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Today's Stichomancy for Joan of Arc

The first excerpt represents the past or something you must release, and is drawn from Glaucus/The Wonders of the Shore by Charles Kingsley:

during life; the Ephemerae, especially, have a habit of throwing off the whole of their skins (even, marvellously enough, to the skin of the eyes and wings, and the delicate "whisks" at their tail), and appearing in an utterly new garb after ten minutes' rest, to the discomfiture of the astonished angler.

The natural history of these flies, I understand from Mr. Stainton (one of our most distinguished entomologists), has not yet been worked out, at least for England. The only attempt, I believe, in that direction is one made by a charming book, "The Fly-fisher's Entomology," which should be in every good angler's library; but why should not a few fishermen combine to work out the subject for

The second excerpt represents the present or the deciding factor of the moment, and is drawn from The Purse by Honore de Balzac:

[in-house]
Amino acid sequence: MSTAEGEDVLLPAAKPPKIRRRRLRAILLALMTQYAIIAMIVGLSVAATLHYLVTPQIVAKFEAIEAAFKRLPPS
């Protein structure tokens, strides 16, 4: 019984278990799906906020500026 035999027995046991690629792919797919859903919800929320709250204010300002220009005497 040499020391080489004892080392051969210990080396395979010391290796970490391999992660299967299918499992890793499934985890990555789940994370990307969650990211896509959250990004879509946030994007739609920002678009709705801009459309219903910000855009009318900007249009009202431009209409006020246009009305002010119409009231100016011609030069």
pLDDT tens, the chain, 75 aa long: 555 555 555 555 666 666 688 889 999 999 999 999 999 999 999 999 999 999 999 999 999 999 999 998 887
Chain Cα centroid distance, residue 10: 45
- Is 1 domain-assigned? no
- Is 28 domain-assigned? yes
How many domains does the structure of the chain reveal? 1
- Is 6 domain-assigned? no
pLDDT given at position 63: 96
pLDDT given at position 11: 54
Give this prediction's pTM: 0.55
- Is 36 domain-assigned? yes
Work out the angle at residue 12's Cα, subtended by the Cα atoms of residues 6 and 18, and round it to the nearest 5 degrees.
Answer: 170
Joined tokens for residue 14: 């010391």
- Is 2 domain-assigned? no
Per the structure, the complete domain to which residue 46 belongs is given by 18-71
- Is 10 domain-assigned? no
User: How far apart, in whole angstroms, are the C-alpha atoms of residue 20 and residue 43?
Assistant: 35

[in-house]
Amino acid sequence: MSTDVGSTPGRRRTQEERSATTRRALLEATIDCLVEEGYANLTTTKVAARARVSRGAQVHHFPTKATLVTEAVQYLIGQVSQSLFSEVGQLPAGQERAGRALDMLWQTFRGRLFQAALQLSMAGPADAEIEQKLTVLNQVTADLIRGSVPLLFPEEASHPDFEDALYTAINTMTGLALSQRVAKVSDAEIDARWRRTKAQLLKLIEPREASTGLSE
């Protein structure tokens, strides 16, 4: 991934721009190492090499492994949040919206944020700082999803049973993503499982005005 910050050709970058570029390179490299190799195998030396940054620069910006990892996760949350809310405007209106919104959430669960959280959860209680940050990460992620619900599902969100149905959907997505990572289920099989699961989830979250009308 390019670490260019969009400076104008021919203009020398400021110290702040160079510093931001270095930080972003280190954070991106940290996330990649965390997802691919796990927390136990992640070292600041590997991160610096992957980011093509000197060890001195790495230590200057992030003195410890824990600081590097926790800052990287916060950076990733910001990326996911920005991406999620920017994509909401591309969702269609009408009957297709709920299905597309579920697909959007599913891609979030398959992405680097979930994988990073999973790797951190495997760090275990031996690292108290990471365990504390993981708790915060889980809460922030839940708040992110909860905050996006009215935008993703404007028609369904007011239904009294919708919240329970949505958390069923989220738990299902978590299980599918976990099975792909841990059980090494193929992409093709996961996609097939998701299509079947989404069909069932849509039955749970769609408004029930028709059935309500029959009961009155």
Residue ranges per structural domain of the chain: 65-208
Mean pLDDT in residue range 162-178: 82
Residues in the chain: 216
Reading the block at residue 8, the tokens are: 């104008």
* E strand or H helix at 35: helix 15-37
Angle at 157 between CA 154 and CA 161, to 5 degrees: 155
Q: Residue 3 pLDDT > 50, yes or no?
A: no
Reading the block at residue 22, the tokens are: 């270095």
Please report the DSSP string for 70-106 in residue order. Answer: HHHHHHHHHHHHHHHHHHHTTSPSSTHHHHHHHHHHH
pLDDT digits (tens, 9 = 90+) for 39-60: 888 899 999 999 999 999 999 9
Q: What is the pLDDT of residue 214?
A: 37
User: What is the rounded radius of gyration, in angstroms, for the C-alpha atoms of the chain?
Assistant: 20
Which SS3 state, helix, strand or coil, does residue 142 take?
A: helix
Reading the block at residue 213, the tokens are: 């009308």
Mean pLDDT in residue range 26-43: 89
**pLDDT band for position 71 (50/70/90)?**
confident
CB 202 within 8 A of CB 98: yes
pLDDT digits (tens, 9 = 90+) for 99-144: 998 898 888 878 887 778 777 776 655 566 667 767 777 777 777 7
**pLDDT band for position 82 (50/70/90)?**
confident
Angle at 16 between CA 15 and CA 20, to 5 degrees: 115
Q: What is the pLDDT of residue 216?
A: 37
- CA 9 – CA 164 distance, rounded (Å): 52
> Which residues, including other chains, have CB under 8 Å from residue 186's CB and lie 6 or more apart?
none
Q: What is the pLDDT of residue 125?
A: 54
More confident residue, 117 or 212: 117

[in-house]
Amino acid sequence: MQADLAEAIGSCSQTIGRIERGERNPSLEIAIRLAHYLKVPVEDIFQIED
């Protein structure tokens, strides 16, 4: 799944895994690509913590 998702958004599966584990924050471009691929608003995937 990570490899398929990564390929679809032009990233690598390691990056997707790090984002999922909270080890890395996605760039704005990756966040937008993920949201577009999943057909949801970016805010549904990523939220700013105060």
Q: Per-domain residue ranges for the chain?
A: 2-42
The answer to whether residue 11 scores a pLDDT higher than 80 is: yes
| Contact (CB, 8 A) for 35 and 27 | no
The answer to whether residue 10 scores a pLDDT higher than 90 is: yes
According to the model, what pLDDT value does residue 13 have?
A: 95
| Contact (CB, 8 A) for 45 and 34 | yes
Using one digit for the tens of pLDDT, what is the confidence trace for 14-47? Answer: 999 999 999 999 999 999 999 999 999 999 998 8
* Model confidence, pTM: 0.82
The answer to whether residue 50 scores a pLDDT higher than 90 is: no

poverty--an importunate thought would haunt him. Several times he had said to himself as he went home, "Strange! twenty francs every evening?" and he dared not confess to himself his odious suspicions.

He spent two months over the portrait, and when it was finished, varnished, and framed, he looked upon it as one of his best works. Madame la Baronne de Rouville had never spoken of it again. Was this from indifference or pride? The painter would not allow himself to account for this silence. He joyfully plotted with Adelaide to hang the picture in its place when Madame de Rouville should be out. So one day, during the walk her mother

The third excerpt represents the future or something you must embrace, and is drawn from Poems by Oscar Wilde:

There walks Queen Juno through some dewy mead, Her grand white feet flecked with the saffron dust Of wind-stirred lilies, while young Ganymede Leaps in the hot and amber-foaming must, His curls all tossed, as when the eagle bare The frightened boy from Ida through the blue Ionian air.

There in the green heart of some garden close Queen Venus with the shepherd at her side, Her warm soft body like the briar rose Which would be white yet blushes at its pride, Laughs low for love, till jealous Salmacis